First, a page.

Improvements in Gait With Hearing Aids and Cochlear Implants

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Abstract

Objective:

To evaluate whether wearing auditory assistive devices can improve gait and dynamic balance.

Patients:

Three adult users of bilateral hearing assistive devices: one with cytomegalovirus exposure wearing cochlear implants, one with Ménière's disease wearing hearing aids, and one with presbystasis wearing hearing aids.

Intervention:

Rehabilitative intervention involved participants performing gait and dynamic posture tasks with and without their hearing assistive devices.

Main Outcome Measures:

Gait velocity and Mini-BESTest score.

Results:

The participant with Ménière's disease showed a clinically significant improvement in gait in the aided versus the unaided condition (20.5 cm/s higher velocity and five point better Mini-BESTest score). The other two participants also improved with augmented audition, but to a lesser degree.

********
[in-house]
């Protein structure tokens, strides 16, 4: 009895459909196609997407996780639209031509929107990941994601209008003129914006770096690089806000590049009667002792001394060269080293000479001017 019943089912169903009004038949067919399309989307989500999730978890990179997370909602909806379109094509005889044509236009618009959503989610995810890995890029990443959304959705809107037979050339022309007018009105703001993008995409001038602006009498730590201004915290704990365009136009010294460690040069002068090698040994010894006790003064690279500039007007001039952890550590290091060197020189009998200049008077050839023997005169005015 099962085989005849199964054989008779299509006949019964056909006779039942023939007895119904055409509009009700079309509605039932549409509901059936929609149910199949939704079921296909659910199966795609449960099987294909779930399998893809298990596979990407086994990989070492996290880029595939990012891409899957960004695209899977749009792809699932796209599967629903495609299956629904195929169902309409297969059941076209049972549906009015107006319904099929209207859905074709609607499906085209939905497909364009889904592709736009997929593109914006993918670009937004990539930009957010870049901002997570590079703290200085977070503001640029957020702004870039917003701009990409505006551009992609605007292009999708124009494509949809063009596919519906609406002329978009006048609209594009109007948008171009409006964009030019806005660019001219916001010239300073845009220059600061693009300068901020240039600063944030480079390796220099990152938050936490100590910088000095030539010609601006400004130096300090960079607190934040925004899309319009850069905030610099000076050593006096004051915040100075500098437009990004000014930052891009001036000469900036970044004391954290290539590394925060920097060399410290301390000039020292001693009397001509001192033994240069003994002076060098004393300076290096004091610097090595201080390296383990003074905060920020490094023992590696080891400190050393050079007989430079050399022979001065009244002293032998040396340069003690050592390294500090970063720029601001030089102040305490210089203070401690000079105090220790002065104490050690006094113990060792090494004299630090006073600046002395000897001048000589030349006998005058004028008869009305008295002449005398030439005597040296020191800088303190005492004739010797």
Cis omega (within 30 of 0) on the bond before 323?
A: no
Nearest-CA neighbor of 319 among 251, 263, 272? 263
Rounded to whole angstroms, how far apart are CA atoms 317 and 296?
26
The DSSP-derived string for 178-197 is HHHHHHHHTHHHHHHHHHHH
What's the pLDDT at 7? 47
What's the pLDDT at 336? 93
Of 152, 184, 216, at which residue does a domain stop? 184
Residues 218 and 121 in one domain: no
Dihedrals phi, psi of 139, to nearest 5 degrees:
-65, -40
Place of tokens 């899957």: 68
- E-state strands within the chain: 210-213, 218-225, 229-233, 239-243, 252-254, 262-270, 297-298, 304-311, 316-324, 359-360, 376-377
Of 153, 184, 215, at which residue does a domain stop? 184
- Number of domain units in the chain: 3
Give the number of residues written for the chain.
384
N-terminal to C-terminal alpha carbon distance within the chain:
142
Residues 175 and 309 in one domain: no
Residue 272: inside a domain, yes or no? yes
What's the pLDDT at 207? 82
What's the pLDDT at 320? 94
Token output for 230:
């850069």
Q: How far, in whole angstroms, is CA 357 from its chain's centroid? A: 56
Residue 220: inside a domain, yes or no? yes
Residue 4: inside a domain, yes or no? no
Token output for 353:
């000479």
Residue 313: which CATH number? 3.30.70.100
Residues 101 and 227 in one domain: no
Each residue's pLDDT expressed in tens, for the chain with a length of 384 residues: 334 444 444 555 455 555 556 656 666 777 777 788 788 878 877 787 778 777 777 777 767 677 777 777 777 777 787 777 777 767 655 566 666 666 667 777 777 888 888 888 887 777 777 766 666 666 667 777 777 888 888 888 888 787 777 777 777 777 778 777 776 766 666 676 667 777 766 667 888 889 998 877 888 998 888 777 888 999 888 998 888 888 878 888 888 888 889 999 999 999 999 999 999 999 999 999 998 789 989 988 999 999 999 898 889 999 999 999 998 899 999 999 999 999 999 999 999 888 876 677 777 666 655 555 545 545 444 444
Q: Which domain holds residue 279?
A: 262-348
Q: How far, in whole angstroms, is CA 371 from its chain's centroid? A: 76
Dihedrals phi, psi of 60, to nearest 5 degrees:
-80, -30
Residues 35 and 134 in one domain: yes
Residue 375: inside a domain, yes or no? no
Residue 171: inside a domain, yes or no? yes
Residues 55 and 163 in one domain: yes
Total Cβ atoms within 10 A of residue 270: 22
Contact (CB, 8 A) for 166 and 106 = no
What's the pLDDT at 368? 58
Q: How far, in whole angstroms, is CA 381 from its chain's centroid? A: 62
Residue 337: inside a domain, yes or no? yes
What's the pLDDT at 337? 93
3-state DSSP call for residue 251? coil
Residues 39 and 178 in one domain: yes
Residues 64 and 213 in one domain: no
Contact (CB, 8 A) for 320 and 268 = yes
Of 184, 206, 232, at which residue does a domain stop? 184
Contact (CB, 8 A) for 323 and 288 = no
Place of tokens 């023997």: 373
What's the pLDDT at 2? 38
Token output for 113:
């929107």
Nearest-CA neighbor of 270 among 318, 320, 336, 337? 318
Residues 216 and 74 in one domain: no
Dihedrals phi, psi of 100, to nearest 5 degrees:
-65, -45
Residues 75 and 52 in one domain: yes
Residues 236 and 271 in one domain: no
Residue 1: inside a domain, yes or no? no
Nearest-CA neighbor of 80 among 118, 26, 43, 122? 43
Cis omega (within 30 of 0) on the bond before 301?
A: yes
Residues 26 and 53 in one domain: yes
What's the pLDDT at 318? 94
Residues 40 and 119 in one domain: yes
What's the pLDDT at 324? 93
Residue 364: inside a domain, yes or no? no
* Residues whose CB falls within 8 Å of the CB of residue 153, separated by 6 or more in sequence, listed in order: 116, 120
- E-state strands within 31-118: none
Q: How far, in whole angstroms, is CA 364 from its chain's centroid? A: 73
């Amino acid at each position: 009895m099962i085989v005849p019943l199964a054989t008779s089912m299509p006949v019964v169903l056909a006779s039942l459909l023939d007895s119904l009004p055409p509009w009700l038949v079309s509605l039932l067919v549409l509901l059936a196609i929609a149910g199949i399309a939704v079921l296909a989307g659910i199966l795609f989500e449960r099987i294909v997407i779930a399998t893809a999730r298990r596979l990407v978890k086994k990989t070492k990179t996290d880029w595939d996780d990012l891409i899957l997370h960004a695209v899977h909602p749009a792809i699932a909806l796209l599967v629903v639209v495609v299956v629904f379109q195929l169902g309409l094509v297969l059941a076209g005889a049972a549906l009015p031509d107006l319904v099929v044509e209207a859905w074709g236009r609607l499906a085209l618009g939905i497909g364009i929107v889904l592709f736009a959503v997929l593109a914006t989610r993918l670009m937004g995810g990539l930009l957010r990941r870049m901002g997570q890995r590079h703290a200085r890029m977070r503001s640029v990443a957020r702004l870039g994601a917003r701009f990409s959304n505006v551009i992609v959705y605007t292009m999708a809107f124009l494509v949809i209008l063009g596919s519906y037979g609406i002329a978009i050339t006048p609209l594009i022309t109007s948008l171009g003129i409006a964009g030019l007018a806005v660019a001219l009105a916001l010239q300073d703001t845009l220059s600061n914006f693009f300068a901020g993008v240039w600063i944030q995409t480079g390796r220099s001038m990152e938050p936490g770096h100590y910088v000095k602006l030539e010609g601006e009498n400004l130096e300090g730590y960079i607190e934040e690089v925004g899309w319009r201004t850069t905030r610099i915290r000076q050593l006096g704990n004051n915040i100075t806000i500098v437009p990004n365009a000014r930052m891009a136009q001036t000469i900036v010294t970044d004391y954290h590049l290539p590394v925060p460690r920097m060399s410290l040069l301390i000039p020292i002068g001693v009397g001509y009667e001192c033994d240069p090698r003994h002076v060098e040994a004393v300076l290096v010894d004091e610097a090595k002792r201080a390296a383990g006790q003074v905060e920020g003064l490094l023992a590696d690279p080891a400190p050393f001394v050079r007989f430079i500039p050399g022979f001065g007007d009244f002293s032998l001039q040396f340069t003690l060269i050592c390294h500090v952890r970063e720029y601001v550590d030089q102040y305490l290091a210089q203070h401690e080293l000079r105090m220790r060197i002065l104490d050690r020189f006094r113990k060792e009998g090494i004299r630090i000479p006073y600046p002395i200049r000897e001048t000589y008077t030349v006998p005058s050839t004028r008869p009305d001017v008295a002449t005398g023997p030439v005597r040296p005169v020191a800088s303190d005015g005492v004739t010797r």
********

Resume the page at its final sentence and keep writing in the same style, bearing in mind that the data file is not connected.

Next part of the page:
Conclusions:

Bilateral hearing augmentation may promote clinically significant improvements in gait, although the effects are not uniform among patients. Hearing aids or cochlear implants may be important interventions for improving stability during walking in some people with hearing loss.

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